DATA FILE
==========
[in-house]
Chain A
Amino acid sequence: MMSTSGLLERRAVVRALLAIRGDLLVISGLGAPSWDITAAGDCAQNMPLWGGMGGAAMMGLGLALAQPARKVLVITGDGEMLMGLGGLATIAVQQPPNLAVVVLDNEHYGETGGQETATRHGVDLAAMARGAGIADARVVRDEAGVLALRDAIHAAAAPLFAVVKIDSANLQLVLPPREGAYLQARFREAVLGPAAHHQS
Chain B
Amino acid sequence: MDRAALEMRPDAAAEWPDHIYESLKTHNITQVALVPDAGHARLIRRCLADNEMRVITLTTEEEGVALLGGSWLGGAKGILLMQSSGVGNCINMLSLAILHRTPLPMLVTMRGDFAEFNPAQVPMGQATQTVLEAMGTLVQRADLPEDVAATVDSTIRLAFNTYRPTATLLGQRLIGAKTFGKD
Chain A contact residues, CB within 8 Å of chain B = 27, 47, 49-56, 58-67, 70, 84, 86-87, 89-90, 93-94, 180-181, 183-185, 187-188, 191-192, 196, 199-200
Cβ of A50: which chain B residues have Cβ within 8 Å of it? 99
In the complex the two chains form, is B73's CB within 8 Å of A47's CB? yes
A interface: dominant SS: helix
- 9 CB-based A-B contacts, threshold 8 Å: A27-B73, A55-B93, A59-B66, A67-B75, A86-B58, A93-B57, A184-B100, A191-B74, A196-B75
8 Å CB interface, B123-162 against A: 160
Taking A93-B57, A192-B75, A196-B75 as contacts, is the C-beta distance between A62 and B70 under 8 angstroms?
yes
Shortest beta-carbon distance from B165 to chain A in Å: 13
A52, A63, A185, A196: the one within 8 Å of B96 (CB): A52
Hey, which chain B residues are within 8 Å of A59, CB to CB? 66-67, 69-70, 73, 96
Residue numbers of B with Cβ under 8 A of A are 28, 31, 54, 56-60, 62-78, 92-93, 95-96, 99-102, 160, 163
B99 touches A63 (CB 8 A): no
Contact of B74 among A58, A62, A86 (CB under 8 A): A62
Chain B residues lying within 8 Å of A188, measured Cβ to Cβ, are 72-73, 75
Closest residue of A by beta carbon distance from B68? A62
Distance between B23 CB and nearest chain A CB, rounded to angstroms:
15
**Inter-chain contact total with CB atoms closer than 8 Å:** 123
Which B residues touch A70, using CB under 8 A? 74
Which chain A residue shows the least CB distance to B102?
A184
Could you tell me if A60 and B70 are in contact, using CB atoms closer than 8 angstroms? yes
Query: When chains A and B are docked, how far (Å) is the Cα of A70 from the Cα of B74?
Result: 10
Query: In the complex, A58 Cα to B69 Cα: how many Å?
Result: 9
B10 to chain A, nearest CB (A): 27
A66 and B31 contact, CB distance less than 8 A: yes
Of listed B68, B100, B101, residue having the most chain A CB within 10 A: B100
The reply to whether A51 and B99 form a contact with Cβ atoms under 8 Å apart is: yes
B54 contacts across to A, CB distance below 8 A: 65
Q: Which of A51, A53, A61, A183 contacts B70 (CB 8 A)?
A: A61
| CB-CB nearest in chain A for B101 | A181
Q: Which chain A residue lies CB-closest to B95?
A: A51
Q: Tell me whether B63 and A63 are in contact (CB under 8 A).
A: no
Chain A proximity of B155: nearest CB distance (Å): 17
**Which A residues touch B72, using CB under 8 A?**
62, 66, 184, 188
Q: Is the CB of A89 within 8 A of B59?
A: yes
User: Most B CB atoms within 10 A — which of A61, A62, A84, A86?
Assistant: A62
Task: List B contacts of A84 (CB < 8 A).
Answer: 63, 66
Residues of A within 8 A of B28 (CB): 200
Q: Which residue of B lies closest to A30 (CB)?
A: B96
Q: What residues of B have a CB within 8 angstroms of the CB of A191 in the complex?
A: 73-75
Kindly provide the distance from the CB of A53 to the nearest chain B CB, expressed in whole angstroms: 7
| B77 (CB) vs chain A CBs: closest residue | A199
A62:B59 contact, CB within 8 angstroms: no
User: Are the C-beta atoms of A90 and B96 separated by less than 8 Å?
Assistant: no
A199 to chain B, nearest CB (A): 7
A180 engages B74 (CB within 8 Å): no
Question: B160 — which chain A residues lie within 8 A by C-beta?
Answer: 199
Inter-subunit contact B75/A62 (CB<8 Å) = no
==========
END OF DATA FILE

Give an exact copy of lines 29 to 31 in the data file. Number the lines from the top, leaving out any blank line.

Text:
Query: When chains A and B are docked, how far (Å) is the Cα of A70 from the Cα of B74?
Result: 10
Query: In the complex, A58 Cα to B69 Cα: how many Å?